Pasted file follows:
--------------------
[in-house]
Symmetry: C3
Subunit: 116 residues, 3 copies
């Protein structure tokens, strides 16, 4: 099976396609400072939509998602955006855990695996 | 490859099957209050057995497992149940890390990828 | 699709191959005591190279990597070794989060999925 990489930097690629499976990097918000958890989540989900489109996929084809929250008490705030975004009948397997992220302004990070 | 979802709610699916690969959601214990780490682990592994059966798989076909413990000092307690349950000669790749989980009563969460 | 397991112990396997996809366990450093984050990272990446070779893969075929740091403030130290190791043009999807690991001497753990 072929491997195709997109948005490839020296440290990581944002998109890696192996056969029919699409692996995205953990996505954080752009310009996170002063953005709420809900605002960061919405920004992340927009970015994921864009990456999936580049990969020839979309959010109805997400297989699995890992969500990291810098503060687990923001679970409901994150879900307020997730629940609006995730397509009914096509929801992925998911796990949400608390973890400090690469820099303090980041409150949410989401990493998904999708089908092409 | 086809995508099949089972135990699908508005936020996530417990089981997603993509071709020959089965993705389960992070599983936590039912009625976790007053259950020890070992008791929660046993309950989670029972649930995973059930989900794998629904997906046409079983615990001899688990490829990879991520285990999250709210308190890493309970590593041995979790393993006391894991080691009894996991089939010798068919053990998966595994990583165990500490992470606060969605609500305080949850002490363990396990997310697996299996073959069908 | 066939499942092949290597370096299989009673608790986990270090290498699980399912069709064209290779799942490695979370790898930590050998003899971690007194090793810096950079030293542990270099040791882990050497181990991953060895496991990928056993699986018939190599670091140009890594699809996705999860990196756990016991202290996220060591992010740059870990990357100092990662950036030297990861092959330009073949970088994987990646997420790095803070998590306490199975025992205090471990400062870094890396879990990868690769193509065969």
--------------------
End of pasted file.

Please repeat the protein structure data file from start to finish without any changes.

[in-house]
Symmetry: C3
Subunit: 116 residues, 3 copies
């Protein structure tokens, strides 16, 4: 099976396609400072939509998602955006855990695996 | 490859099957209050057995497992149940890390990828 | 699709191959005591190279990597070794989060999925 990489930097690629499976990097918000958890989540989900489109996929084809929250008490705030975004009948397997992220302004990070 | 979802709610699916690969959601214990780490682990592994059966798989076909413990000092307690349950000669790749989980009563969460 | 397991112990396997996809366990450093984050990272990446070779893969075929740091403030130290190791043009999807690991001497753990 072929491997195709997109948005490839020296440290990581944002998109890696192996056969029919699409692996995205953990996505954080752009310009996170002063953005709420809900605002960061919405920004992340927009970015994921864009990456999936580049990969020839979309959010109805997400297989699995890992969500990291810098503060687990923001679970409901994150879900307020997730629940609006995730397509009914096509929801992925998911796990949400608390973890400090690469820099303090980041409150949410989401990493998904999708089908092409 | 086809995508099949089972135990699908508005936020996530417990089981997603993509071709020959089965993705389960992070599983936590039912009625976790007053259950020890070992008791929660046993309950989670029972649930995973059930989900794998629904997906046409079983615990001899688990490829990879991520285990999250709210308190890493309970590593041995979790393993006391894991080691009894996991089939010798068919053990998966595994990583165990500490992470606060969605609500305080949850002490363990396990997310697996299996073959069908 | 066939499942092949290597370096299989009673608790986990270090290498699980399912069709064209290779799942490695979370790898930590050998003899971690007194090793810096950079030293542990270099040791882990050497181990991953060895496991990928056993699986018939190599670091140009890594699809996705999860990196756990016991202290996220060591992010740059870990990357100092990662950036030297990861092959330009073949970088994987990646997420790095803070998590306490199975025992205090471990400062870094890396879990990868690769193509065969």